Cellular and Molecular Life Sciences CMLS

, Volume 58, Issue 1, pp 4–43

The CD40/CD154 receptor/ligand dyadRID="†"ID="†" Review

  • U. Schönbeck*RID="*"ID="*" Corresponding author.
  • P. Libby

DOI: 10.1007/PL00000776

Cite this article as:
Schönbeck*RID="*"ID="*" Corresponding author., U. & Libby, P. CMLS, Cell. Mol. Life Sci. (2001) 58: 4. doi:10.1007/PL00000776


Until recently, the expression and primary function of the cell surface receptor CD40 and its ligand CD154 were considered restricted to B and T lymphocytes, and their interactions required for the thymus-dependent humoral response. However, current work from several groups challenges this view of the CD40/CD154 dyad as a mere mediator of lymphocyte communication. A variety of non-lymphocytic cell types express both receptor and ligand, including hematopoetic and non-hematopoetic cells, such as monocytes, basophils, eosinophils, dendritic cells, fibroblasts, smooth muscle, and endothelial cells. Accordingly, ligation of CD40 mediates a broad variety of immune and inflammatory responses, such as the expression of adhesion molecules, cytokines, matrix-degrading enzymes, prothrombotic activities, and apoptotic mediators. Consequently, CD40 signaling has been associated with pathogenic processes of chronic inflammatory diseases, such as autoimmune diseases, neurodegenerative disorders, graft-versus-host disease, cancer, and atherosclerosis. This review focuses on the synthesis and structure of CD40 and outlines CD154/CD40 signaling pathways, and emphasizes the previously unexpected importance of the CD40/CD154 receptor/ligand dyad in a spectrum of immunoregulatory processes and prevalent human diseases.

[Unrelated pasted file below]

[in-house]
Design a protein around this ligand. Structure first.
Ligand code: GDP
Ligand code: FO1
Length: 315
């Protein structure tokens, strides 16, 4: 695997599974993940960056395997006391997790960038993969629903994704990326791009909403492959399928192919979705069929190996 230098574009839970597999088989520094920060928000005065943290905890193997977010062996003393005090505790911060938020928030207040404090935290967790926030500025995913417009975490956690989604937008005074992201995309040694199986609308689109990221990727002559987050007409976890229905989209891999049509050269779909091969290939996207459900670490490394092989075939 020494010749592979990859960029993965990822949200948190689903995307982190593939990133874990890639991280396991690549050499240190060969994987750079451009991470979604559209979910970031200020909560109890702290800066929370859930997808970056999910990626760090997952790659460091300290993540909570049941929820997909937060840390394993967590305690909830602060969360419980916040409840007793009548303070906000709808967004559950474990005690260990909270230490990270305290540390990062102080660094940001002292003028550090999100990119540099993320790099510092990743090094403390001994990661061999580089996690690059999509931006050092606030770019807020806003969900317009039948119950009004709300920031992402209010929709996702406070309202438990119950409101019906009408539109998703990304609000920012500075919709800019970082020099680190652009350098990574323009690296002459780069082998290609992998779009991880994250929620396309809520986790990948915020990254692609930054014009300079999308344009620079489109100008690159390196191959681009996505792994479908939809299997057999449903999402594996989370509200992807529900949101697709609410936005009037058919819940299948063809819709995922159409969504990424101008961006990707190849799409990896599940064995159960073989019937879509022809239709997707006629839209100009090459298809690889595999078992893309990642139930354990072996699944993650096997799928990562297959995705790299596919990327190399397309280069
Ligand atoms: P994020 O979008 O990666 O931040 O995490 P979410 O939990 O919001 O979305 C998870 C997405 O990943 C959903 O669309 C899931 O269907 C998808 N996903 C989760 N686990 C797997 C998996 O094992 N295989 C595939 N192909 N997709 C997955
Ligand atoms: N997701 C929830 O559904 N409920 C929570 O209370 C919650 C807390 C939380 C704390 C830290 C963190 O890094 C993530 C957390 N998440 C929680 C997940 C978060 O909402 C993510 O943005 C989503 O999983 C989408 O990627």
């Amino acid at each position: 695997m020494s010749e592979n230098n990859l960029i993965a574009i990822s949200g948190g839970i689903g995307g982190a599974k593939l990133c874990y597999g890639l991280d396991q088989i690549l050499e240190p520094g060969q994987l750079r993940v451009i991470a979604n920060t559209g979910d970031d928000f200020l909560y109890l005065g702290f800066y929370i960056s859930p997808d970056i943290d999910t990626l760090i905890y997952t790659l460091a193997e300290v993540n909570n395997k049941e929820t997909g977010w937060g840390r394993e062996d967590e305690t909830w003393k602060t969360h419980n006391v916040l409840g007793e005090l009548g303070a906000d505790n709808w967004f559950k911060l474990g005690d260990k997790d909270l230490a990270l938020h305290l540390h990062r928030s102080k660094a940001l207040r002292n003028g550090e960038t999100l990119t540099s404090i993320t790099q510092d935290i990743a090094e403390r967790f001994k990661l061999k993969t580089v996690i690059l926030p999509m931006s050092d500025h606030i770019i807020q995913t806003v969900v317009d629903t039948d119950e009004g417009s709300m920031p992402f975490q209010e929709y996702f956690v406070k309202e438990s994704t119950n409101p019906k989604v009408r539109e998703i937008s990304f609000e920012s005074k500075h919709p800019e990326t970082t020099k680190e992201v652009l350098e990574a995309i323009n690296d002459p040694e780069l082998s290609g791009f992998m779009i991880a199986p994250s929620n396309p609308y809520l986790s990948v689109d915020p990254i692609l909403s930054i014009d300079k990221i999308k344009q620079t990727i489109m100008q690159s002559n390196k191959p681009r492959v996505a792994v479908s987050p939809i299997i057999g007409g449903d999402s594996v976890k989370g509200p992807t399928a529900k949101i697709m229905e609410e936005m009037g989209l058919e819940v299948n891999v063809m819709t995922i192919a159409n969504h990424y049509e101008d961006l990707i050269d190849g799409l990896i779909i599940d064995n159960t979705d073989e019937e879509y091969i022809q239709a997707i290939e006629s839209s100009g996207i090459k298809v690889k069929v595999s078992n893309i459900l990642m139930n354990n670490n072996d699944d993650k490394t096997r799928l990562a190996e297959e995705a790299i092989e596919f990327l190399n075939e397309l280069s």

Key words. CD154; CD40; immunity; inflammation; arteriosclerosis. 

Copyright information

© Birkhäuser Verlag Basel, 2001

Authors and Affiliations

  • U. Schönbeck*RID="*"ID="*" Corresponding author.
    • 1
  • P. Libby
    • 1
  1. 1.Cardiovascular Medicine, Department of Medicine, Brigham & Women's Hospital and Harvard Medical School, 221 Longwood Ave., LMRC 307, Boston (Massachusetts 02115, USA), Fax +1 617 732 6961, e-mail: uschoenbeck@rics.bwk.harward.edu US

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